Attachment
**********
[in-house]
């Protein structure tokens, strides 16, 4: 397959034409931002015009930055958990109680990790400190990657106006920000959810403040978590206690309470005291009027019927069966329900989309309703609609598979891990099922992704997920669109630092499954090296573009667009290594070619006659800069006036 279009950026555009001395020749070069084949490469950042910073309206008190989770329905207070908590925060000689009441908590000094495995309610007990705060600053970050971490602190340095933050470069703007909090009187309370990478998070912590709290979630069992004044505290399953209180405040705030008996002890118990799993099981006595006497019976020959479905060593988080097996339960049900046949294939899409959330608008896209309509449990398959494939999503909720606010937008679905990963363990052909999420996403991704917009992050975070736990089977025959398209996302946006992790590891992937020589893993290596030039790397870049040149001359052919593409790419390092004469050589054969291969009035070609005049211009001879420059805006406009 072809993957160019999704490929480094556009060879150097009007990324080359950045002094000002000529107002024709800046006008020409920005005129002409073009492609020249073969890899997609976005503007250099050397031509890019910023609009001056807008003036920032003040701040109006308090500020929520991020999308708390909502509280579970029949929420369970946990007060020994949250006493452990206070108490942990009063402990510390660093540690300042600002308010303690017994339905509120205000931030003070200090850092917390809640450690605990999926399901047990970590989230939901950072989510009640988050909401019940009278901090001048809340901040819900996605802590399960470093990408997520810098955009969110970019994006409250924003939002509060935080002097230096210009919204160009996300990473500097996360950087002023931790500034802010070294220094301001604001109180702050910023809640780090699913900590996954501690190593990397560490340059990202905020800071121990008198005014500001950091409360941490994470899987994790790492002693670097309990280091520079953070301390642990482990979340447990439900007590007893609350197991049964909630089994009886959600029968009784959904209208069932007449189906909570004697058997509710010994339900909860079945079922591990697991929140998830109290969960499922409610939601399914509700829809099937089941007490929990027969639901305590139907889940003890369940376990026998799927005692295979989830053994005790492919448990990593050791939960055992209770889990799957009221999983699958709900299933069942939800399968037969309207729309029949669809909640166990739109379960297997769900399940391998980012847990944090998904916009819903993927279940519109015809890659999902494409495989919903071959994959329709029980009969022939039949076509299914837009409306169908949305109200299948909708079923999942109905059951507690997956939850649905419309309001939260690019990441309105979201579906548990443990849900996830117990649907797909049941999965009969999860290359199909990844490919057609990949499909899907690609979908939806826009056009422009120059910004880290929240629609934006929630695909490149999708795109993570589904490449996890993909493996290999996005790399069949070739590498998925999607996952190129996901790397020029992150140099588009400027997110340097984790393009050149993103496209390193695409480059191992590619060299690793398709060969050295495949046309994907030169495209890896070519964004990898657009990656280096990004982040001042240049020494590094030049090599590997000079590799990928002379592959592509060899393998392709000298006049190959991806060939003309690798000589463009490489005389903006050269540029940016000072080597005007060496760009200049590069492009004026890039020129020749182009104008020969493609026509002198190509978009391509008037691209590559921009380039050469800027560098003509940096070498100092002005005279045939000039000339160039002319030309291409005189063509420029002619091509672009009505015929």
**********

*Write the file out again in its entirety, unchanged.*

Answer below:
[in-house]
């Protein structure tokens, strides 16, 4: 397959034409931002015009930055958990109680990790400190990657106006920000959810403040978590206690309470005291009027019927069966329900989309309703609609598979891990099922992704997920669109630092499954090296573009667009290594070619006659800069006036 279009950026555009001395020749070069084949490469950042910073309206008190989770329905207070908590925060000689009441908590000094495995309610007990705060600053970050971490602190340095933050470069703007909090009187309370990478998070912590709290979630069992004044505290399953209180405040705030008996002890118990799993099981006595006497019976020959479905060593988080097996339960049900046949294939899409959330608008896209309509449990398959494939999503909720606010937008679905990963363990052909999420996403991704917009992050975070736990089977025959398209996302946006992790590891992937020589893993290596030039790397870049040149001359052919593409790419390092004469050589054969291969009035070609005049211009001879420059805006406009 072809993957160019999704490929480094556009060879150097009007990324080359950045002094000002000529107002024709800046006008020409920005005129002409073009492609020249073969890899997609976005503007250099050397031509890019910023609009001056807008003036920032003040701040109006308090500020929520991020999308708390909502509280579970029949929420369970946990007060020994949250006493452990206070108490942990009063402990510390660093540690300042600002308010303690017994339905509120205000931030003070200090850092917390809640450690605990999926399901047990970590989230939901950072989510009640988050909401019940009278901090001048809340901040819900996605802590399960470093990408997520810098955009969110970019994006409250924003939002509060935080002097230096210009919204160009996300990473500097996360950087002023931790500034802010070294220094301001604001109180702050910023809640780090699913900590996954501690190593990397560490340059990202905020800071121990008198005014500001950091409360941490994470899987994790790492002693670097309990280091520079953070301390642990482990979340447990439900007590007893609350197991049964909630089994009886959600029968009784959904209208069932007449189906909570004697058997509710010994339900909860079945079922591990697991929140998830109290969960499922409610939601399914509700829809099937089941007490929990027969639901305590139907889940003890369940376990026998799927005692295979989830053994005790492919448990990593050791939960055992209770889990799957009221999983699958709900299933069942939800399968037969309207729309029949669809909640166990739109379960297997769900399940391998980012847990944090998904916009819903993927279940519109015809890659999902494409495989919903071959994959329709029980009969022939039949076509299914837009409306169908949305109200299948909708079923999942109905059951507690997956939850649905419309309001939260690019990441309105979201579906548990443990849900996830117990649907797909049941999965009969999860290359199909990844490919057609990949499909899907690609979908939806826009056009422009120059910004880290929240629609934006929630695909490149999708795109993570589904490449996890993909493996290999996005790399069949070739590498998925999607996952190129996901790397020029992150140099588009400027997110340097984790393009050149993103496209390193695409480059191992590619060299690793398709060969050295495949046309994907030169495209890896070519964004990898657009990656280096990004982040001042240049020494590094030049090599590997000079590799990928002379592959592509060899393998392709000298006049190959991806060939003309690798000589463009490489005389903006050269540029940016000072080597005007060496760009200049590069492009004026890039020129020749182009104008020969493609026509002198190509978009391509008037691209590559921009380039050469800027560098003509940096070498100092002005005279045939000039000339160039002319030309291409005189063509420029002619091509672009009505015929």